Cautious friends, hear this: some things you’ll try don’t work out, but not giving it a go at all, you’re denying yourself the gift of improvement.
Kick the habit: Welcome your mistakes
Comedians always perform for small crowds before launching a big tour as a way of auditioning and adjusting new material. Using a similar process at work is as simple as making mistakes and learning from them. In other words, go out of your way to avoid failure and you won’t get an encore. Instead, fail fast, fail often, and you’ll be sure to improve your routine.
Give it a try. Fail fast, fail often, and get better.
More advice like this is in Fail Fast, Fail Often by Ryan Babineaux and John Krumboltz. Read it on Blinkist in 10 minutes here.
5. How do you feel about “gray areas?”
Do your work days range wildly between fantastic and atrocious? And if you fail at something, do you either turn it completely inwards and bury your head in the sand or push the blame on others? If so, it might just be that you’ve got a so-called “fixed mindset.” A fixed mindset obviates the opportunity to be a little in the gray, to be human, to just be in the middle, trying your best—and maybe even succeeding!
It’s fairly straightforward to see how this can clog up your performance at work. For instance, imagine that you are faced with a challenge, and all you can see are risks of failing. This way of thinking makes it impossible for you to better yourself without questioning your own competence. It’s easier to just avoid a pressure-filled situation like this one.
While people with fixed mindsets will definitely make fewer mistakes than the rest, it follows naturally that they also have a more difficult time developing their skills and improving their weaknesses. But the beauty of a growth mindset is that it presents a great opportunity to reach out to others for support, to talk about our faults and mistakes, and to make viable, concrete plans for achieving our goals. In addition to bringing you closer to your goals, it can bring you closer to others, too.
Kick the habit: Develop a growth mindset
Train your brain like any other muscle – one repetition at a time. Say you accidentally sent an email to the wrong Dan. You might initially think “I’m so stupid.” But stop! You can push yourself towards a growth mindset by being mindful and restructuring that thought to, “These things happen. I’ll write to explain what happened and be more cautious next time.
The beauty of a growth mindset is that it presents a great opportunity to reach out to others for support, to talk about our faults and mistakes, and to make viable, concrete plans for achieving our goals. In addition to bringing you closer to your goals, it can bring you closer to others, too.
Read the highlights of Mindset by Carol Dweck here.
6. How did you feel last time you needed to perform under pressure?
Imagine this: You’re at a meeting with all your superiors and brightest colleagues and it’s your turn to present your project. A future promotion could depend on these next five minutes, so you are extremely well prepared. However, before you can even say “FAILURE” your mind’s gone blank and your knowledge seems to have deteriorated to that of a highly intelligent sea snail.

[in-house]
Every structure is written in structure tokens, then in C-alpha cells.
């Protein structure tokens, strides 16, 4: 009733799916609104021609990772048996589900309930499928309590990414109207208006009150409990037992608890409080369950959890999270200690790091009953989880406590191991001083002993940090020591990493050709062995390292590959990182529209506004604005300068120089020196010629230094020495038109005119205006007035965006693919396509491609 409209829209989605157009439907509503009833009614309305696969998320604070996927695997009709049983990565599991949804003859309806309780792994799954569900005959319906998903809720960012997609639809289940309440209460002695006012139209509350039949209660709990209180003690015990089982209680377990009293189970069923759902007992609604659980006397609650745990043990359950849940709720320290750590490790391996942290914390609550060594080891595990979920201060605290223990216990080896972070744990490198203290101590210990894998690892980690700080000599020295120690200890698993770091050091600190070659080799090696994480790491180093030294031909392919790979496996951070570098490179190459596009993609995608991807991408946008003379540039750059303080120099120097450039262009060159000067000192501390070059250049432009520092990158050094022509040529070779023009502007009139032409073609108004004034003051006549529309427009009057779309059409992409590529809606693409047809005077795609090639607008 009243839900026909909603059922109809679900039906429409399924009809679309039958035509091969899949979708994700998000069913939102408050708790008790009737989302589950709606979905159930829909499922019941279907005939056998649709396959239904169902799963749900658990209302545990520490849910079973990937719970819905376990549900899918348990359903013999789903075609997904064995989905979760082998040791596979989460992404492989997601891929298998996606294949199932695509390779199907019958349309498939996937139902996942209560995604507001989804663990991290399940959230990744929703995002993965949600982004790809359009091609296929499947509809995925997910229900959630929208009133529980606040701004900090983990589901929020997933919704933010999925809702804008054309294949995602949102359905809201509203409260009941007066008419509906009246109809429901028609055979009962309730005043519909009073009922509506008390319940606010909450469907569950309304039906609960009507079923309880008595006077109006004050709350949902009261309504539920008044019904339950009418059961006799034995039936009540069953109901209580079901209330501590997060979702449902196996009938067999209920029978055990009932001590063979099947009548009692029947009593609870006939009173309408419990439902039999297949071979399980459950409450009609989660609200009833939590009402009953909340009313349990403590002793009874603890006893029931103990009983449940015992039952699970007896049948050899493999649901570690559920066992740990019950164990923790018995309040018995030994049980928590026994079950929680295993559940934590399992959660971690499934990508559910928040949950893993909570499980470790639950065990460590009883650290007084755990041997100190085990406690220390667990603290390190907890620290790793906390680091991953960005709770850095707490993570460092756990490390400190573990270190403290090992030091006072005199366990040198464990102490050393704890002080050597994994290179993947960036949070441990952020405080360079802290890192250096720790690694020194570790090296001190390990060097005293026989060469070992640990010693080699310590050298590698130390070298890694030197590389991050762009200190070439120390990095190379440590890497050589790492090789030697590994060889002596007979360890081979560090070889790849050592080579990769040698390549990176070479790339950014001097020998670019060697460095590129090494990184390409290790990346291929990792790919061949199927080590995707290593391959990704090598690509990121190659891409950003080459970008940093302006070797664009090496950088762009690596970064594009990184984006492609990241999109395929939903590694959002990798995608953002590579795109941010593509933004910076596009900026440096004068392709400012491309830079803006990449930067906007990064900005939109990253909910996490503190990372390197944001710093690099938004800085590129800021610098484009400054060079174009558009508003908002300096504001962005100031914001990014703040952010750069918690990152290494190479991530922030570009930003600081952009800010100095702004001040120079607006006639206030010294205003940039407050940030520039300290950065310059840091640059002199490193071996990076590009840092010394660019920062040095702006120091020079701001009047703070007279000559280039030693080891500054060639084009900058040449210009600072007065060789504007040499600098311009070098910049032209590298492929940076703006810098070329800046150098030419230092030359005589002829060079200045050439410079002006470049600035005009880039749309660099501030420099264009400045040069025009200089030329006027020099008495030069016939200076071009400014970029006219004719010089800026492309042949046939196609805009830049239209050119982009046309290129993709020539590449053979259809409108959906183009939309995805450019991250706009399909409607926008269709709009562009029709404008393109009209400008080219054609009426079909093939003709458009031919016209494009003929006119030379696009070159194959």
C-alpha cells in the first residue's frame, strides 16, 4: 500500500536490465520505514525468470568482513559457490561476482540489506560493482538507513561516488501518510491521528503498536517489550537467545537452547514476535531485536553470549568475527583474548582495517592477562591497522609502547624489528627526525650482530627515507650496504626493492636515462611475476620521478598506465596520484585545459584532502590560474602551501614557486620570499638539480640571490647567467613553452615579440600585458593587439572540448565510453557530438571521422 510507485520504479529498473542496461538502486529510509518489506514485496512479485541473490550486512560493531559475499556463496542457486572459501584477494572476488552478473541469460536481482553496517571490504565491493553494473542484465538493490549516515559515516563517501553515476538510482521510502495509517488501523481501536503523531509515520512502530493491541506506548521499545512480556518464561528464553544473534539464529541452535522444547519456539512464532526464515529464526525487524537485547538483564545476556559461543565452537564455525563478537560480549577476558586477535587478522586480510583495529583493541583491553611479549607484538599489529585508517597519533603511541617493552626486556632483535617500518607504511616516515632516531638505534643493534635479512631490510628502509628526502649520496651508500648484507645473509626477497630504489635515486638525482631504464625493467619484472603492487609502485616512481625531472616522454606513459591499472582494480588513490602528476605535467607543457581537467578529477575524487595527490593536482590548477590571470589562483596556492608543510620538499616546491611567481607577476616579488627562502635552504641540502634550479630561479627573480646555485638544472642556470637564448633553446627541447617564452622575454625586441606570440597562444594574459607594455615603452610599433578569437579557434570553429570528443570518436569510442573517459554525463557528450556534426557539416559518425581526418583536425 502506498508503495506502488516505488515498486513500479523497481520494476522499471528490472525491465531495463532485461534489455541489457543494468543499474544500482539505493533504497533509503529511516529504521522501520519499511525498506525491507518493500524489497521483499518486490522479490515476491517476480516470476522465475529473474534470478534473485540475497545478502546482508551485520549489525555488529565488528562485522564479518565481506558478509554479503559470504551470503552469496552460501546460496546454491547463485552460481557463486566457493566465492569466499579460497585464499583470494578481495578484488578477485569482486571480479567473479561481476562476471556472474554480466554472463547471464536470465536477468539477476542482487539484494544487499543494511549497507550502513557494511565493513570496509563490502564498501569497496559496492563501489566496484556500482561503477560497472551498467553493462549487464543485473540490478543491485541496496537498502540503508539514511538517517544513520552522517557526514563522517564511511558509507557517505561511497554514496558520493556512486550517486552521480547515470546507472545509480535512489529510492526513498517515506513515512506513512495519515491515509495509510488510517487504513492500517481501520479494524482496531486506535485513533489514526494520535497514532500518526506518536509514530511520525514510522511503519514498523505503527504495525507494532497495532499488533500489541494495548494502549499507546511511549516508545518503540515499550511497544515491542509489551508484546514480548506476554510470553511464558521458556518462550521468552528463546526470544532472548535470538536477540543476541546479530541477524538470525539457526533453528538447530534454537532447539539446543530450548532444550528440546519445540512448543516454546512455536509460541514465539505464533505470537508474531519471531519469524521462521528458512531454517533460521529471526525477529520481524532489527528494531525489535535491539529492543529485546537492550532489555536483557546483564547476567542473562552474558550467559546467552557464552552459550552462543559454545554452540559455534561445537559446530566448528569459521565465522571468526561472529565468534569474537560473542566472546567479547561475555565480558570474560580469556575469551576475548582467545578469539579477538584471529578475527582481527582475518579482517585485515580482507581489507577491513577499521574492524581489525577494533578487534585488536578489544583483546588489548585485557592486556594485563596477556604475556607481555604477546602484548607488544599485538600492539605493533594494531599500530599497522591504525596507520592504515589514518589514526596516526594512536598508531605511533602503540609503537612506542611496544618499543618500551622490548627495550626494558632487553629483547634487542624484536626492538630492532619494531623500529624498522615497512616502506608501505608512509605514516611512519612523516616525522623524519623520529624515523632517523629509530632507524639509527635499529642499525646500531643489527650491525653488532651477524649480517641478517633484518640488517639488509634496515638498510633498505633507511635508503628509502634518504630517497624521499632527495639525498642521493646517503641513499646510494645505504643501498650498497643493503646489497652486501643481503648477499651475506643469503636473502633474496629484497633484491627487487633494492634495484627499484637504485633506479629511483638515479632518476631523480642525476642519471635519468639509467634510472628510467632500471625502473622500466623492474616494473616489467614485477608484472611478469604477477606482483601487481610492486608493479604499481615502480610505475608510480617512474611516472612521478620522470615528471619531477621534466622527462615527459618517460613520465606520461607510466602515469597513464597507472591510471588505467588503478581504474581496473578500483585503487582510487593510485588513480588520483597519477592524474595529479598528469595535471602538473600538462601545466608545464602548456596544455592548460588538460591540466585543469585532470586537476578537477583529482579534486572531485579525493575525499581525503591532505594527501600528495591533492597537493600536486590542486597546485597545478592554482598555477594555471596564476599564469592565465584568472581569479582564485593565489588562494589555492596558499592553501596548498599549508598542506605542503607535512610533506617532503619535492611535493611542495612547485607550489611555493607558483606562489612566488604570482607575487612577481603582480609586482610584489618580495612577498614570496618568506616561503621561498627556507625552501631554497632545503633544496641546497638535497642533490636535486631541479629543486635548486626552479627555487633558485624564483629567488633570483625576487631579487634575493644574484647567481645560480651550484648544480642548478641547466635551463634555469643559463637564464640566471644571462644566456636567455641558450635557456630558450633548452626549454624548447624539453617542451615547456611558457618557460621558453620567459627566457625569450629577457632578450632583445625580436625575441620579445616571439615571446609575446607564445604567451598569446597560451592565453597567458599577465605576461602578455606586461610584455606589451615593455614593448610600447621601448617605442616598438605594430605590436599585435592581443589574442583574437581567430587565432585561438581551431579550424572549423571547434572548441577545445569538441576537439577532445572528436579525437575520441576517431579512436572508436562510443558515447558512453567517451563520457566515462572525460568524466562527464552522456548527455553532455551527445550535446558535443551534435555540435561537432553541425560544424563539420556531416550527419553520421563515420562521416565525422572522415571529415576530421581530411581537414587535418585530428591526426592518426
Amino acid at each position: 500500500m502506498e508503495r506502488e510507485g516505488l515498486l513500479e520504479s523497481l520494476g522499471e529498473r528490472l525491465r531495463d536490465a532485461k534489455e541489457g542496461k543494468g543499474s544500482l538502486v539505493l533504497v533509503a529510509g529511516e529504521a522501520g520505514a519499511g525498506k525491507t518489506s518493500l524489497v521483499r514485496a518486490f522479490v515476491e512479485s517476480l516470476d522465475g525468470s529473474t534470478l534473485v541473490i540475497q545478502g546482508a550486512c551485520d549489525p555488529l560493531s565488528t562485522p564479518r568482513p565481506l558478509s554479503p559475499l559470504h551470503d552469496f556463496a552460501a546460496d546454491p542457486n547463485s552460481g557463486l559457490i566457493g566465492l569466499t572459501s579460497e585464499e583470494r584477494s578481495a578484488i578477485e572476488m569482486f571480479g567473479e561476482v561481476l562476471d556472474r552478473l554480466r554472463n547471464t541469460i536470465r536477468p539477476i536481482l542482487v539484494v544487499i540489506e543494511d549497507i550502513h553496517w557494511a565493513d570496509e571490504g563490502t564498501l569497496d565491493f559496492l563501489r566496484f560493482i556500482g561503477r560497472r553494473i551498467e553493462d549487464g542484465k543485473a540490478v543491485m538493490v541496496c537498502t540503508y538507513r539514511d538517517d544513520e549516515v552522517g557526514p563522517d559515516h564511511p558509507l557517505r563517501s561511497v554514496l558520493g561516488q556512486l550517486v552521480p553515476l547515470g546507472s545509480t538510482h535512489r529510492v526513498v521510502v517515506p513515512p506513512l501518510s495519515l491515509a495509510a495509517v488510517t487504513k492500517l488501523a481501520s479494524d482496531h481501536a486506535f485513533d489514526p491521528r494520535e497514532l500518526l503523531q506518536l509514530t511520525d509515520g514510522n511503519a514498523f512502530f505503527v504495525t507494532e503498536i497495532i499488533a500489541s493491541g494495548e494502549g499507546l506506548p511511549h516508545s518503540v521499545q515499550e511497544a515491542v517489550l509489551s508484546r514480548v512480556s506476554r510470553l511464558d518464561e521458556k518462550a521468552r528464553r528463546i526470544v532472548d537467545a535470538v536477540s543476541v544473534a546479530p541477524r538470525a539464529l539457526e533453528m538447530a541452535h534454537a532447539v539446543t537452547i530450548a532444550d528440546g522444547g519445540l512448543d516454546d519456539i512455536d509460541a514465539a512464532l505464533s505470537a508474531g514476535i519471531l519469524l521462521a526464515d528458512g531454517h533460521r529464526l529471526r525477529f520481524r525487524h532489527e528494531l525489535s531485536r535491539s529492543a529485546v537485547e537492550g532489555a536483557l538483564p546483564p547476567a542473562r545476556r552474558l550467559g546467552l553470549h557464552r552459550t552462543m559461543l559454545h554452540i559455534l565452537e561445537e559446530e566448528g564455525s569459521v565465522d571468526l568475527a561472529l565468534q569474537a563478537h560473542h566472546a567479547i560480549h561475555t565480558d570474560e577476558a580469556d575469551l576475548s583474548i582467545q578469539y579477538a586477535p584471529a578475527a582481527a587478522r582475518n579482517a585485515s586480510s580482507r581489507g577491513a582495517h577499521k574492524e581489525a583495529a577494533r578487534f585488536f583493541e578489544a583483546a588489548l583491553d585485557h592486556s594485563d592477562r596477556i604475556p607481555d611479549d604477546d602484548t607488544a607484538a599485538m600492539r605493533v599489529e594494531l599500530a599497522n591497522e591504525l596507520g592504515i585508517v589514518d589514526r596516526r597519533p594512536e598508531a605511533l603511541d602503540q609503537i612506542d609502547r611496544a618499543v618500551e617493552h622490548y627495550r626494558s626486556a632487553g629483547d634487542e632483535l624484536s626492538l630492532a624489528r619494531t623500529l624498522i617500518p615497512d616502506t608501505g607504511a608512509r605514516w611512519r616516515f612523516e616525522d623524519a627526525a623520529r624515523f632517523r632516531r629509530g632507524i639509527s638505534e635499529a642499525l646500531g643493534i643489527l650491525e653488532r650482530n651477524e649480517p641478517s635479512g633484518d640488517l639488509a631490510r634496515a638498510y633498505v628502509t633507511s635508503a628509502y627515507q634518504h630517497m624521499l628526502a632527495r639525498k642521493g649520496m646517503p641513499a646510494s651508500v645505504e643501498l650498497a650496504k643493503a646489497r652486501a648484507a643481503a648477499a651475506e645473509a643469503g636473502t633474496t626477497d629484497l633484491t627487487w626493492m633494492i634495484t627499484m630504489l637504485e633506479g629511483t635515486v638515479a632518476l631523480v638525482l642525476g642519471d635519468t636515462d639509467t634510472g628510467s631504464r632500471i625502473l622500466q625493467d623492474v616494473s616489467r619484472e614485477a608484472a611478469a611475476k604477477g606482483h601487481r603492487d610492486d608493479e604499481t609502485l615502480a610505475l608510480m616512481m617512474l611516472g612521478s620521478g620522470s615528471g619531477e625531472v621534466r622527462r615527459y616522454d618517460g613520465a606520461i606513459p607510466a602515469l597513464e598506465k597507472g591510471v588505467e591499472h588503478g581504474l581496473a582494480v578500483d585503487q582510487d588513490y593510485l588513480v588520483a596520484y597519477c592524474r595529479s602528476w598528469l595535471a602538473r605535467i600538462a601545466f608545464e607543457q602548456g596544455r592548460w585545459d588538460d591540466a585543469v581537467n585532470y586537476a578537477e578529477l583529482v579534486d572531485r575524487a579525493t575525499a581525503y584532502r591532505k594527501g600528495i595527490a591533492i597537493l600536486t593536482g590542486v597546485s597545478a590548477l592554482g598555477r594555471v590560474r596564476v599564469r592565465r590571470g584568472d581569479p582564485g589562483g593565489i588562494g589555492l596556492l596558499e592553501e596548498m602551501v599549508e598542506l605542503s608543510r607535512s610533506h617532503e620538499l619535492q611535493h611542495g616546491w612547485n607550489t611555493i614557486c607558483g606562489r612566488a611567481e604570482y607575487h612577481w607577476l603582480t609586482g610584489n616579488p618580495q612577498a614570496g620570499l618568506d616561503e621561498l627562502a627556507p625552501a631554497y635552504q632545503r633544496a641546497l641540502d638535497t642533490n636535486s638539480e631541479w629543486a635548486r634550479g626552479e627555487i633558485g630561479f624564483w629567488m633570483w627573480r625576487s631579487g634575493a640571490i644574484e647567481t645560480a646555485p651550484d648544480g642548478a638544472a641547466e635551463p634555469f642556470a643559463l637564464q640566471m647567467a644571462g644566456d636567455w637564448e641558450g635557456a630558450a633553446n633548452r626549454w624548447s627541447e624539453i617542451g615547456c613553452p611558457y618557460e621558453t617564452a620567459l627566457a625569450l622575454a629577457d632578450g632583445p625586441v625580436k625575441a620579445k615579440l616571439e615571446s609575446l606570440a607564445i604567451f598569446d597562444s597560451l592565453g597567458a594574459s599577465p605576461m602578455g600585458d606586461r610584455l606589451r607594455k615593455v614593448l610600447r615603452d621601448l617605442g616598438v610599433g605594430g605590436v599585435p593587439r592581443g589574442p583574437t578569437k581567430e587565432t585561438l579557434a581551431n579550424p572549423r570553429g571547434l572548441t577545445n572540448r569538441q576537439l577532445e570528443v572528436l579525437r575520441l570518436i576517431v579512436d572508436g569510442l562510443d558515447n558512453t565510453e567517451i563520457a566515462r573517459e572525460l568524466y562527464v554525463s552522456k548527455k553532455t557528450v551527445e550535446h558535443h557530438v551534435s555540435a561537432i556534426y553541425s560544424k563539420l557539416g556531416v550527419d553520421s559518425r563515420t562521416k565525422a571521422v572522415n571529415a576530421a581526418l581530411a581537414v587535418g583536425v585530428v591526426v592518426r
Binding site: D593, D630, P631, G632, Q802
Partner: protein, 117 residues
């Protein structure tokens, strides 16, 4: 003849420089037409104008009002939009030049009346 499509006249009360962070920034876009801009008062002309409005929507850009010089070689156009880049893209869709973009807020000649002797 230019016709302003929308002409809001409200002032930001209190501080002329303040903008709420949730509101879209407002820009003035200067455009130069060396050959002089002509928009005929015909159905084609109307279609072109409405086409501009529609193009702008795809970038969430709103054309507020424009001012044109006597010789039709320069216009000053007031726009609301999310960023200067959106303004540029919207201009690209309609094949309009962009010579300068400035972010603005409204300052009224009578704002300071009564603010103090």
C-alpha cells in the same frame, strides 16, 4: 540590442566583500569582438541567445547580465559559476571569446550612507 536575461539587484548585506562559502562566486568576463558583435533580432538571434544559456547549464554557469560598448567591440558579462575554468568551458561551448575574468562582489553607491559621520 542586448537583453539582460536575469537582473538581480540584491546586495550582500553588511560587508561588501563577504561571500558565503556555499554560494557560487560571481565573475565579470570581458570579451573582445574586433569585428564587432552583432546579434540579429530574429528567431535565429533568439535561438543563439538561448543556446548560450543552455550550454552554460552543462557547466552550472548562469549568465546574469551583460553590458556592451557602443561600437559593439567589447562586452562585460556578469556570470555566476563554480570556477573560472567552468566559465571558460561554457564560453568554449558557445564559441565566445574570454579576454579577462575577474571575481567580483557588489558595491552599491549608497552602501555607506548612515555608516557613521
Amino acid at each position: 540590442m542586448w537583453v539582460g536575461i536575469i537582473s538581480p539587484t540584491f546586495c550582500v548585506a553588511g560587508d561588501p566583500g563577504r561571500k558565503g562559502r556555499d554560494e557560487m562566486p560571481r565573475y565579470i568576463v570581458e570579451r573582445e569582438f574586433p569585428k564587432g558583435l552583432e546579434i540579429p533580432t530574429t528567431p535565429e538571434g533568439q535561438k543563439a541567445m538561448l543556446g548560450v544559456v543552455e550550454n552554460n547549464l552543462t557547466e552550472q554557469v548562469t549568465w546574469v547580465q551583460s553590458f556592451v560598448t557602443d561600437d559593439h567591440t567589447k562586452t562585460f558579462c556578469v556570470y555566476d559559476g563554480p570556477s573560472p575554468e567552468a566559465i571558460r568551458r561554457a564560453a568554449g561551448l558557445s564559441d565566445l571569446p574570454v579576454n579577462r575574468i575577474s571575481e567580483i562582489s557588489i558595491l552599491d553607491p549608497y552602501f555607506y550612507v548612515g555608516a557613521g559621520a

The phenomenon of failure when the stakes are high is called choking, and it can happen even to the greatest of experts when they have to perform a complex task under great pressure. So, why does this happen? Well, the brain is made up of two systems:
The first is called the explicit brain system. It a bit sluggish, and it kicks over when we try to consciously control our thoughts and movements—think when you’re performing a dance routine for the first time and need to memorize the steps. The other system is called the implicit brain system, and it’s quick, it’s fluid, and it’s the active party when you perform tasks you’ve mastered automatically. It can even process multiple tasks simultaneously.
Choking happens because, under pressure, the brain transfers control of any task to the explicit brain system, which, in addition to being slow, isn’t a champ of a multi-tasker. That’s why it’s so hard to perform the complex task of presenting your project, so what can you do to fix it?
Kick the habit: Play mind games and convince yourself the event isn’t that important
Practice as though your task is important, but downplay it when the stakes are high. Try getting some perspective by focusing on things more critical than, say, a presentation you’ve got to make – things like your relationships, your health or your family. This can help you feel less pressured, which will allow you to use your implicit brain to nail your task.
The simple formula to excel is to practice as though your task is very important, but downplay its importance when the stakes are high.
More on this idea and others in Bounce by Matthew Syed
7. What’s your attitude toward perfection?
Perfectionism, despite sounding positive, isn’t really worth it—and especially not when it comes to your work.It’s different than striving to be your best, and is unrelated to self-improvement. Rather, it revolves around the fundamental fear of shame and uncertainty. Life as a perfectionist is unhealthy because it makes our happiness and self worth dependent on others’ approval. The perfectionist’s mindset, however, doesn’t recognize the trap. Instead, whenever she inevitably fails to achieve perfection, she’ll blame herself and tells herself to “do better,” regardless of whether that’s actually possible. This is definitely a bad habit of mind, and definitely a bad habit at work.
The more insidious aspect: perfectionism can also lead to life paralysis, or the inability to put oneself out into the world due to fear of imperfection. If you’re suffering from life paralysis, you might, for instance, be unable to tell your boss about that idea for a work project out of fear it won’t be well received, or you might leave your writing unpublished out of fear of criticism.
Kick the habit: be honest about your fears and let go
Next time you feel insecure about your work, put words to the fear and tell your closest work confidant about how you feel. It won’t be easy at first, but getting in the good habit of articulating your fears – and the practice of sharing them – will make it easier for you to see them as the mirages they actually are.
Read the highlights of The Gifts of Imperfection by Brené Brown